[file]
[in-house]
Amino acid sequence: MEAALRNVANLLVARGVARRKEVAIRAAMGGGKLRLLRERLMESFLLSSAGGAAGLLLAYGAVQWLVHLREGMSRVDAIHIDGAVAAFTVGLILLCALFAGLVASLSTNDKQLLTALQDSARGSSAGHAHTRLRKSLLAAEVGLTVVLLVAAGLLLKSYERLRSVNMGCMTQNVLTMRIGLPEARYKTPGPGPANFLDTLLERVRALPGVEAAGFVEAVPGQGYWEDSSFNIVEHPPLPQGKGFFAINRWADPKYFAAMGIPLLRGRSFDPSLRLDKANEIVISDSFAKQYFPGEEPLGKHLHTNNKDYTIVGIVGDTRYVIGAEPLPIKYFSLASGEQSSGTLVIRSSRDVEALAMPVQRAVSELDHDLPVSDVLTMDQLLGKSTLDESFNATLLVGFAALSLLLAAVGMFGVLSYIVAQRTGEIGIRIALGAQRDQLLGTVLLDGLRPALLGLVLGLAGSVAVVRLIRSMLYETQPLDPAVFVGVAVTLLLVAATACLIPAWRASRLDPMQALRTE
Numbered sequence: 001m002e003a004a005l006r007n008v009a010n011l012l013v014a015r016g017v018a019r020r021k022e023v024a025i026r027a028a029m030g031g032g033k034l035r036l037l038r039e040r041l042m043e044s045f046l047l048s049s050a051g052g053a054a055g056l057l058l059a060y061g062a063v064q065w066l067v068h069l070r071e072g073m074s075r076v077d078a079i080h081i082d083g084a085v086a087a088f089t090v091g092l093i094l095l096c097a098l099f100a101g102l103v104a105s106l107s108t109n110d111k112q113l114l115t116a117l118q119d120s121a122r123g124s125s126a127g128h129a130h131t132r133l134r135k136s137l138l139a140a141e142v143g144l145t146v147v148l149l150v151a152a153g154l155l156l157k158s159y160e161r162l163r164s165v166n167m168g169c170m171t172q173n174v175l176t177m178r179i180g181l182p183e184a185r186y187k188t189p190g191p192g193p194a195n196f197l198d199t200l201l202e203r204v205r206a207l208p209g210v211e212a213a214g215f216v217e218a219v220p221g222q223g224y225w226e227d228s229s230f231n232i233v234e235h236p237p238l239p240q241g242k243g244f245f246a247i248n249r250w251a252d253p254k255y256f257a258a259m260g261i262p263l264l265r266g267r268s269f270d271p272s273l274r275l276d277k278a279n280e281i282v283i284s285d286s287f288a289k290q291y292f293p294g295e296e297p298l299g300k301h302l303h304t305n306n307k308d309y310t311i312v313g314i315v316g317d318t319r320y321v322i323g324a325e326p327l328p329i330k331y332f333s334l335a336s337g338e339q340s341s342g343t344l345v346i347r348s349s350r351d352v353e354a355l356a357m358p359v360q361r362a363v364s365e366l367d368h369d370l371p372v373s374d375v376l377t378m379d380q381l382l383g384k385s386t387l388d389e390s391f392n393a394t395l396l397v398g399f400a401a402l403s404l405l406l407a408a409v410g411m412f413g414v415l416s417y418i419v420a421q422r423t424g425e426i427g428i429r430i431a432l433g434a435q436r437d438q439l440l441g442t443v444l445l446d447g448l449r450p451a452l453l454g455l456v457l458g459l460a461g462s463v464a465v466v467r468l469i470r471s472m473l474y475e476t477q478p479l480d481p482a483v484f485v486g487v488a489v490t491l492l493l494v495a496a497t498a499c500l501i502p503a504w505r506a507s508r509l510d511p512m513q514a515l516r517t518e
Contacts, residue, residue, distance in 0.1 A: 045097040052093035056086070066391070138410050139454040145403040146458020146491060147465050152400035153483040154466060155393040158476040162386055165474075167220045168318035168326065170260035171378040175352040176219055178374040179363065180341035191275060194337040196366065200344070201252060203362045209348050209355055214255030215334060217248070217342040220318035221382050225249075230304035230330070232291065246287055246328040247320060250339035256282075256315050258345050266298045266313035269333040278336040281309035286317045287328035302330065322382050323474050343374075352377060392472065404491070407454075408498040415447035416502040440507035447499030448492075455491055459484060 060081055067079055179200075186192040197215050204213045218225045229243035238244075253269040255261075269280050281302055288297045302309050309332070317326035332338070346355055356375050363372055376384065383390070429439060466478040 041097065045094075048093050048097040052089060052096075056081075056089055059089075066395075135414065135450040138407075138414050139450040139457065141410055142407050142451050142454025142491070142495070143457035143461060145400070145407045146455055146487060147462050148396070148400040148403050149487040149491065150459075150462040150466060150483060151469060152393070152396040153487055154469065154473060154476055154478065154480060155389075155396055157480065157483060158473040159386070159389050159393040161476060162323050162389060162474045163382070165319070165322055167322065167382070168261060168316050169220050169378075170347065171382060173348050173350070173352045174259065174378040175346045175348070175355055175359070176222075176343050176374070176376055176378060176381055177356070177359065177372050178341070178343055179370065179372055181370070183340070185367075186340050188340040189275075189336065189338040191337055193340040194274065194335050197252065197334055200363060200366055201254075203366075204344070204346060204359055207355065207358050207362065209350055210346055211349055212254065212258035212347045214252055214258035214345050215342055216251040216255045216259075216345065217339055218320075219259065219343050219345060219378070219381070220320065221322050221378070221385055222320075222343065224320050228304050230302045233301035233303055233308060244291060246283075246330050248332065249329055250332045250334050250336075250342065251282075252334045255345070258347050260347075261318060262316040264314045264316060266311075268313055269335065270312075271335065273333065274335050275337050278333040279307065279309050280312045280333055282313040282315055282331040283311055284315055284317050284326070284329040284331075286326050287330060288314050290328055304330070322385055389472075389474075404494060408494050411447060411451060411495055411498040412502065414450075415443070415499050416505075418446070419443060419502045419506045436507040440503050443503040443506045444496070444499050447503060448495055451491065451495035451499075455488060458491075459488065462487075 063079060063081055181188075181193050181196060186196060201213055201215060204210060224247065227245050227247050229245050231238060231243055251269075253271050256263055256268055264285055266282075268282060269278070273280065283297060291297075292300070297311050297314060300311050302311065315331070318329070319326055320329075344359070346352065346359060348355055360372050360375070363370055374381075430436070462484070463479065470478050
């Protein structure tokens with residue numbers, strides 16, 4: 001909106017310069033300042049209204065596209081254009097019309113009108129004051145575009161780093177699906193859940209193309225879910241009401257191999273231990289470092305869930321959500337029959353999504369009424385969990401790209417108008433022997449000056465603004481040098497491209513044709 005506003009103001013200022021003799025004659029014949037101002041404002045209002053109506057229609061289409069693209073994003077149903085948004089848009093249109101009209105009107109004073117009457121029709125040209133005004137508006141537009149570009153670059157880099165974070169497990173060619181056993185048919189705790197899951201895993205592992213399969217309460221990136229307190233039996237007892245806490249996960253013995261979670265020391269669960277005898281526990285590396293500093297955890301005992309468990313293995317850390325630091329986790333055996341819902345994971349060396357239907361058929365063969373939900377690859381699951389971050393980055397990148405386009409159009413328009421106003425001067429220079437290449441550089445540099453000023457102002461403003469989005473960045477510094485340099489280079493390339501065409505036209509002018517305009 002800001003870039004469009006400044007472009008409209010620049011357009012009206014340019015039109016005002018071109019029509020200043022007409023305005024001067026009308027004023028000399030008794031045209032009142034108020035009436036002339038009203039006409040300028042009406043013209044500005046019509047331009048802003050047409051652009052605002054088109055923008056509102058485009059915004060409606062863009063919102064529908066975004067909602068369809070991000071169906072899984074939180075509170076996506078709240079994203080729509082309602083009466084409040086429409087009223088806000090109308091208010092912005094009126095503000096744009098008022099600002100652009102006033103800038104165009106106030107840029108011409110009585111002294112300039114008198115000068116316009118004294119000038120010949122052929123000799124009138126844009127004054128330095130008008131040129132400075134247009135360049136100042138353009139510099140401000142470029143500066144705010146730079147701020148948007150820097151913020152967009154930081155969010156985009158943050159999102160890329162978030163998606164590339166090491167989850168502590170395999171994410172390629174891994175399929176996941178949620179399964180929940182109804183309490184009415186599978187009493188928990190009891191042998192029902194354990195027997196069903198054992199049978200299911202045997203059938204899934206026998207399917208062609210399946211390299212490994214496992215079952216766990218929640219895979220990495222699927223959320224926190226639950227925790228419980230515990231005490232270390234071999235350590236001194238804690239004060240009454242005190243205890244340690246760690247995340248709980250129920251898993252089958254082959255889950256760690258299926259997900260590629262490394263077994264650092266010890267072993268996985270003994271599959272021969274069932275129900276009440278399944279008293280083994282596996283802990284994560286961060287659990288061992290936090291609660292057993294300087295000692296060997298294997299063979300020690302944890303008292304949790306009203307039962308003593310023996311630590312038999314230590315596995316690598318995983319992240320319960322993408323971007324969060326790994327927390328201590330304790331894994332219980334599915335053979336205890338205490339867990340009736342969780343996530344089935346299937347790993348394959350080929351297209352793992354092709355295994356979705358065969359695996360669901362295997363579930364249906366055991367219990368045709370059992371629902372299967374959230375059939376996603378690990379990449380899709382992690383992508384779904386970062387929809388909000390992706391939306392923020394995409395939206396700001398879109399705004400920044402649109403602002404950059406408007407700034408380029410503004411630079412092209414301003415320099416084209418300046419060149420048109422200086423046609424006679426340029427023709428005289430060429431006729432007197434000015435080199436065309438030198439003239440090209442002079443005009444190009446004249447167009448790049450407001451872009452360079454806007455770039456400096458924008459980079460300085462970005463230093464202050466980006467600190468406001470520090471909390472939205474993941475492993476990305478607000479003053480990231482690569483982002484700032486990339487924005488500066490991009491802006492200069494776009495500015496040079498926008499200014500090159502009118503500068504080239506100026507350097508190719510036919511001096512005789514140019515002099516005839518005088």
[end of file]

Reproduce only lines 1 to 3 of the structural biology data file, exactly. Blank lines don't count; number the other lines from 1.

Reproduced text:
[in-house]
Amino acid sequence: MEAALRNVANLLVARGVARRKEVAIRAAMGGGKLRLLRERLMESFLLSSAGGAAGLLLAYGAVQWLVHLREGMSRVDAIHIDGAVAAFTVGLILLCALFAGLVASLSTNDKQLLTALQDSARGSSAGHAHTRLRKSLLAAEVGLTVVLLVAAGLLLKSYERLRSVNMGCMTQNVLTMRIGLPEARYKTPGPGPANFLDTLLERVRALPGVEAAGFVEAVPGQGYWEDSSFNIVEHPPLPQGKGFFAINRWADPKYFAAMGIPLLRGRSFDPSLRLDKANEIVISDSFAKQYFPGEEPLGKHLHTNNKDYTIVGIVGDTRYVIGAEPLPIKYFSLASGEQSSGTLVIRSSRDVEALAMPVQRAVSELDHDLPVSDVLTMDQLLGKSTLDESFNATLLVGFAALSLLLAAVGMFGVLSYIVAQRTGEIGIRIALGAQRDQLLGTVLLDGLRPALLGLVLGLAGSVAVVRLIRSMLYETQPLDPAVFVGVAVTLLLVAATACLIPAWRASRLDPMQALRTE
Numbered sequence: 001m002e003a004a005l006r007n008v009a010n011l012l013v014a015r016g017v018a019r020r021k022e023v024a025i026r027a028a029m030g031g032g033k034l035r036l037l038r039e040r041l042m043e044s045f046l047l048s049s050a051g052g053a054a055g056l057l058l059a060y061g062a063v064q065w066l067v068h069l070r071e072g073m074s075r076v077d078a079i080h081i082d083g084a085v086a087a088f089t090v091g092l093i094l095l096c097a098l099f100a101g102l103v104a105s106l107s108t109n110d111k112q113l114l115t116a117l118q119d120s121a122r123g124s125s126a127g128h129a130h131t132r133l134r135k136s137l138l139a140a141e142v143g144l145t146v147v148l149l150v151a152a153g154l155l156l157k158s159y160e161r162l163r164s165v166n167m168g169c170m171t172q173n174v175l176t177m178r179i180g181l182p183e184a185r186y187k188t189p190g191p192g193p194a195n196f197l198d199t200l201l202e203r204v205r206a207l208p209g210v211e212a213a214g215f216v217e218a219v220p221g222q223g224y225w226e227d228s229s230f231n232i233v234e235h236p237p238l239p240q241g242k243g244f245f246a247i248n249r250w251a252d253p254k255y256f257a258a259m260g261i262p263l264l265r266g267r268s269f270d271p272s273l274r275l276d277k278a279n280e281i282v283i284s285d286s287f288a289k290q291y292f293p294g295e296e297p298l299g300k301h302l303h304t305n306n307k308d309y310t311i312v313g314i315v316g317d318t319r320y321v322i323g324a325e326p327l328p329i330k331y332f333s334l335a336s337g338e339q340s341s342g343t344l345v346i347r348s349s350r351d352v353e354a355l356a357m358p359v360q361r362a363v364s365e366l367d368h369d370l371p372v373s374d375v376l377t378m379d380q381l382l383g384k385s386t387l388d389e390s391f392n393a394t395l396l397v398g399f400a401a402l403s404l405l406l407a408a409v410g411m412f413g414v415l416s417y418i419v420a421q422r423t424g425e426i427g428i429r430i431a432l433g434a435q436r437d438q439l440l441g442t443v444l445l446d447g448l449r450p451a452l453l454g455l456v457l458g459l460a461g462s463v464a465v466v467r468l469i470r471s472m473l474y475e476t477q478p479l480d481p482a483v484f485v486g487v488a489v490t491l492l493l494v495a496a497t498a499c500l501i502p503a504w505r506a507s508r509l510d511p512m513q514a515l516r517t518e